To the Episcopal Branch of the Jesus Movement
I am inviting you to celebrate the 165th birthday of Julia Chester Emery, one of the most remarkable women in the history of our beloved Episcopal Church! The United Thank Offering Board is asking you to help celebrate Miss Julia’s birthday during the month of September with a special offering in recognition of her mission work in the Church and her 40 years of service.
Julia Chester Emery was born in Dorchester, Massachusetts, on September 24, 1852. Her parents, Captain Charles Emery and Susan Hilton Kelly Emery, had 11 children, eight of whom survived. As a seafaring man, Captain Emery had traveled the world, but retired from the sea to engage in coal and copper mining and raise a family. Mrs. Emery inspired her children’s interest in mission work. Captain Emery had been raised Unitarian and Mrs. Emery Congregationalist, but they followed their oldest child, Mary, into The Episcopal Church. Over time, four Emery sisters—Mary, Julia, Susan, and Margaret – worked for the Church on behalf of women and children in New York, while Helen kept a home for her sisters and two brothers became Episcopal priests.
For a short time, Julia attended a boarding school in Maine, but she was far more advanced than the curriculum offered, so she returned to Dorchester to graduate from high school. She attended normal school for teacher preparation in Boston for one winter, and at the age of 22, she began working for the Protestant Episcopal Church as editor of The Young Christian Soldier, a youth-oriented publication of the Church. Within two years, she filled the position held by her sister Mary, the first secretary of the Women’s Auxiliary to the Board of Missions, when she left to marry. Mary served as secretary for four years, and Julia for 40 years.
Miss Julia, as she was known, showed her grit as she handwrote hundreds of letters to women’s groups to encourage their involvement in mission work, including adopting and providing support for a missionary family through “box work” headed by her sister, Margaret; she answered questions from women’s organizations and clergy, including missionary clergy and bishops; where there were no women’s organizations, she asked parish priests to appoint a capable woman to guide mission work; she wrote regularly, including articles for The Spirit of Missions, a Church publication; she encouraged missionary education and support of missionaries, especially for women called to mission work; she traveled twice to England and once around the world to visit missionaries at their work in the Far East and the American West; and she provided some of the best curricula for education related to mission work and about the countries in which the Church had mission work. She was a shy, quiet, but very persistent person whose friendly smile greeted visitors to the office and made everyone feel welcome. She never seemed to tire, and she was a good traveler, especially by sea.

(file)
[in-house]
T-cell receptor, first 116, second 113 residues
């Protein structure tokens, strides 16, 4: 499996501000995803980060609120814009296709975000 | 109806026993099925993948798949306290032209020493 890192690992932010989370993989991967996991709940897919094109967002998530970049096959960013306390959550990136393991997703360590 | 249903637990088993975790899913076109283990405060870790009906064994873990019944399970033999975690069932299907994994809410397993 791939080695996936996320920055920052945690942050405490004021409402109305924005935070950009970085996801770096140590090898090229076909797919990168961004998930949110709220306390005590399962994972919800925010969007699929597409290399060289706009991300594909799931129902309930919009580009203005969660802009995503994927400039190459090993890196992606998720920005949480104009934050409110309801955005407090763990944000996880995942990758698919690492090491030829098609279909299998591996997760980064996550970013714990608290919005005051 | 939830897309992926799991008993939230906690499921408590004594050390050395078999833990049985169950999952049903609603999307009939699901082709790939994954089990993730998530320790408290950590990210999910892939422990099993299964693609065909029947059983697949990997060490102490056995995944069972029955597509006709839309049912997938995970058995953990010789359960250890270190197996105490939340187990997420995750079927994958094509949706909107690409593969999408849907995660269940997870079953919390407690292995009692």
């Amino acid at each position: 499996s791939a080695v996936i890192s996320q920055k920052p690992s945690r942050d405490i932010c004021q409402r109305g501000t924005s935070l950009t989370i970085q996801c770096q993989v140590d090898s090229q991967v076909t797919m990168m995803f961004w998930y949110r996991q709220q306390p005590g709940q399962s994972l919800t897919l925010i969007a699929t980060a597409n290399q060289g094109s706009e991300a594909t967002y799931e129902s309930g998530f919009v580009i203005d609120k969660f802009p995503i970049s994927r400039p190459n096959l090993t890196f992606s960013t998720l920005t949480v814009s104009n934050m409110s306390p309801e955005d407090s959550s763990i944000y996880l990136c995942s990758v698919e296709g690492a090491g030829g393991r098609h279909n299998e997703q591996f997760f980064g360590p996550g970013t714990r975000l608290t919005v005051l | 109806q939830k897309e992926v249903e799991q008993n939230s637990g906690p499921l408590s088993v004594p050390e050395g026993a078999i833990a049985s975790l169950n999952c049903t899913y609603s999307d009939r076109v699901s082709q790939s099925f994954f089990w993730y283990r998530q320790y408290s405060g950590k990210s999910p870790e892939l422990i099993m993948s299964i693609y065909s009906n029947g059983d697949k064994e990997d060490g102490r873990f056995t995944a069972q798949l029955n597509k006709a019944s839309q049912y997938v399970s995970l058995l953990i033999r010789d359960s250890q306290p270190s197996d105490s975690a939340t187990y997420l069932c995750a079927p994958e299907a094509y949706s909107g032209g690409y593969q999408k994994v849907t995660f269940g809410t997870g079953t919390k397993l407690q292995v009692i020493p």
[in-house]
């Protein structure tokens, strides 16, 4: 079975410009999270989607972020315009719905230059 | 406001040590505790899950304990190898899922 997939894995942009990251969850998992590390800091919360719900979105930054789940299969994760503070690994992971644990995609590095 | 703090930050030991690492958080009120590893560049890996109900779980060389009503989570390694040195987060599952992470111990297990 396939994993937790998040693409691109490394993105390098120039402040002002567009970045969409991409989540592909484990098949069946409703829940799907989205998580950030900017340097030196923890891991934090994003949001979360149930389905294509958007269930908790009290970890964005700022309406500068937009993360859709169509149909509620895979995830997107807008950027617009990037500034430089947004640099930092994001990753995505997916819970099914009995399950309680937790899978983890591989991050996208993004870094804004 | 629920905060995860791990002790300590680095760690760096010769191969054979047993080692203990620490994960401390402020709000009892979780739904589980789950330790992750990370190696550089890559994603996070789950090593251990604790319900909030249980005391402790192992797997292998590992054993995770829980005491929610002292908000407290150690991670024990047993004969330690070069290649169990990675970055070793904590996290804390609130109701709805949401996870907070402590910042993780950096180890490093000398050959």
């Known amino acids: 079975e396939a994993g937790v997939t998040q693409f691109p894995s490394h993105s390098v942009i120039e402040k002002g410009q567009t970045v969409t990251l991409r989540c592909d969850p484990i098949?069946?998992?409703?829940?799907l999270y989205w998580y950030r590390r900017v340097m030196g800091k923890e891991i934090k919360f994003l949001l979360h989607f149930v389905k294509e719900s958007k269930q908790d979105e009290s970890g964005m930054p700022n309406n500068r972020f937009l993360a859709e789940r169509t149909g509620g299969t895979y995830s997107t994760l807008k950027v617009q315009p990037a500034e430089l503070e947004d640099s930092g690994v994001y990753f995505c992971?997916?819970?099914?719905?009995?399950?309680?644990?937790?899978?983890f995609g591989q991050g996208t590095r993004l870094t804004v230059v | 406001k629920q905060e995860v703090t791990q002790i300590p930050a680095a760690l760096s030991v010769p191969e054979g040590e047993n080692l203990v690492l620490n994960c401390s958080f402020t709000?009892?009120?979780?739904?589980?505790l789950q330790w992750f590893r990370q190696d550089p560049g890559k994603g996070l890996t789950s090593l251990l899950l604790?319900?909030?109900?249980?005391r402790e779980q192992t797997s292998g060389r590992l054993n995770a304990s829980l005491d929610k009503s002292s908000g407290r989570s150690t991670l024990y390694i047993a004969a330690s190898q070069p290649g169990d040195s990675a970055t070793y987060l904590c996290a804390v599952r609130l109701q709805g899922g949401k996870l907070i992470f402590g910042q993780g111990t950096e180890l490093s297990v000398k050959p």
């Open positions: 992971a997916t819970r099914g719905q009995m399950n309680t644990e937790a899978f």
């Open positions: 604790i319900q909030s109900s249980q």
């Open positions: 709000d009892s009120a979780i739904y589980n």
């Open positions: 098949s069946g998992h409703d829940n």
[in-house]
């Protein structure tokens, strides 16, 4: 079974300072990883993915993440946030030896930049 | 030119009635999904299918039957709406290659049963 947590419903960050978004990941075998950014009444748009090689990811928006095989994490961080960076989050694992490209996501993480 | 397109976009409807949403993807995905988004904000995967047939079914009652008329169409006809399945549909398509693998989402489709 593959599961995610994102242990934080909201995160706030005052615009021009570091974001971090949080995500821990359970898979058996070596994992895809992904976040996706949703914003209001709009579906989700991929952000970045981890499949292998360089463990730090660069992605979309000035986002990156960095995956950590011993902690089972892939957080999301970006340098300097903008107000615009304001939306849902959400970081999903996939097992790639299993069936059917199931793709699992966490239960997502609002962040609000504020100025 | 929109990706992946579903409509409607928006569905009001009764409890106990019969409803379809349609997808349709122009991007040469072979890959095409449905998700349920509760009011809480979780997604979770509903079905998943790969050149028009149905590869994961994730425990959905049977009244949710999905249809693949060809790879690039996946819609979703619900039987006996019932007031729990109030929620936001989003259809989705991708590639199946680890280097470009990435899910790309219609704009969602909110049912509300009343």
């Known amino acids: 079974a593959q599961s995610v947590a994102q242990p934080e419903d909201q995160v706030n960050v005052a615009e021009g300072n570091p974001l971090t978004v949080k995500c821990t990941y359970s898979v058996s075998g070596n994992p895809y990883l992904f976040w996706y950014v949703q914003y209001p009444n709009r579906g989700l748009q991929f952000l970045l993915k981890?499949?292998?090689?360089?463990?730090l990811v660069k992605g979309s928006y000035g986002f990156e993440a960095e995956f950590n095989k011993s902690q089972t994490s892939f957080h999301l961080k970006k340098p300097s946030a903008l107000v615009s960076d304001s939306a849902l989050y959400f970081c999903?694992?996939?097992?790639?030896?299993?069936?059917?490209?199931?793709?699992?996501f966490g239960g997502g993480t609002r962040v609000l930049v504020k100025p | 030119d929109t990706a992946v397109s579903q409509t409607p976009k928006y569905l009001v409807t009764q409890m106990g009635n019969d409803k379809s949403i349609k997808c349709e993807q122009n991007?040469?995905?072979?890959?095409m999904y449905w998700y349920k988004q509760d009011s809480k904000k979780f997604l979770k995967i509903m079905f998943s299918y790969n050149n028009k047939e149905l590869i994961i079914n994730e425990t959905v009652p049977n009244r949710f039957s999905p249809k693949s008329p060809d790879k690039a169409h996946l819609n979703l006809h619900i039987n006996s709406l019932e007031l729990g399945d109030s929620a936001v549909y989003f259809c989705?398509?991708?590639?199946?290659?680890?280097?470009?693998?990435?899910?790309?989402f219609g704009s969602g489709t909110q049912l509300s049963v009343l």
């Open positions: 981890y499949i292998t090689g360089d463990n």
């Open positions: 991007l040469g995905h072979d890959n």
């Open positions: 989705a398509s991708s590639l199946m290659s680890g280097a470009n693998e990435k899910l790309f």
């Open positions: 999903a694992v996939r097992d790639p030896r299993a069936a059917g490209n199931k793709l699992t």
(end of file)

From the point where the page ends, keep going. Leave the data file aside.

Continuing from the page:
Raising money for mission work had always been a part of the work of the Women’s Auxiliary. The Auxiliary raised $371.27 at the Triennial meeting in 1883 in Philadelphia, which was attended by 800 women representing 51 dioceses. Three years later in Chicago, the offering was $82.71. It was there that the idea for United Thank Offering was born. Ida Soule, an officer from the Diocese of Pittsburgh, was one of two women counting the collection, and she was disappointed with the amount collected. Mrs. Soule suggested to Miss Julia that women might give more if they knew how the money would be used. Miss Julia embraced the suggestion, and both championed the idea of a designated purpose for the collection of funds for mission. For the meeting in 1889 in New York, the Board of the Auxiliary set a goal to build a church in Anvik, Alaska, and to outfit and send a missionary teacher for one year to Japan. Initially $406.45 was collected; no one was satisfied, so by lunch it was $707, but this was still not enough. After lunch an anonymous gift of $1,000 came in, and by the time the meeting ended, $2,188.64 had been collected. Building that church in Alaska and sending Lisa Lovell to Japan mark the first United Thank Offering gifts.
United Thank Offering teaches the spiritual discipline of gratitude – thanking God for a blessing by dropping a coin or bill in the Blue Box. No gift is too small, and together, all the gifts from all nine provinces are collected and then granted to churches and dioceses around the world to do ministry the next year. Every church celebrates its Ingathering of Blue Boxes and UTO funds in different ways. My church celebrates with cakes with blue and white frosting, blue frosted cookies, blueberries, and blue Kool-Aid, and we wear blue clothing. We collect boxes and checks in the offering plate and in our big blue wooden UTO box.
This birthday celebration for Julia Emery is about raising more money in order to give more grants. Nothing is more difficult for the UTO Board at grant review time than seeing a wonderful grant for ministry that simply can’t be awarded because we ran out of UTO funds. Similar to the collection in 1889 when the women said it wasn’t enough and went back and asked again, we now ask that you make this special birthday UTO offering to celebrate this incredible woman, Julia Chester Emery, and to ensure that more grants are awarded next year.
Use these resources to help with your celebration this September: https://www.episcopalchurch.org/julia-chester-emery-campaign.
We ask that you give in gratitude for your many blessings. Make it possible to fund even more grants from United Thank Offering grants, this ministry of over 125 years.
Sandra Squires, President
United Thank Offering Board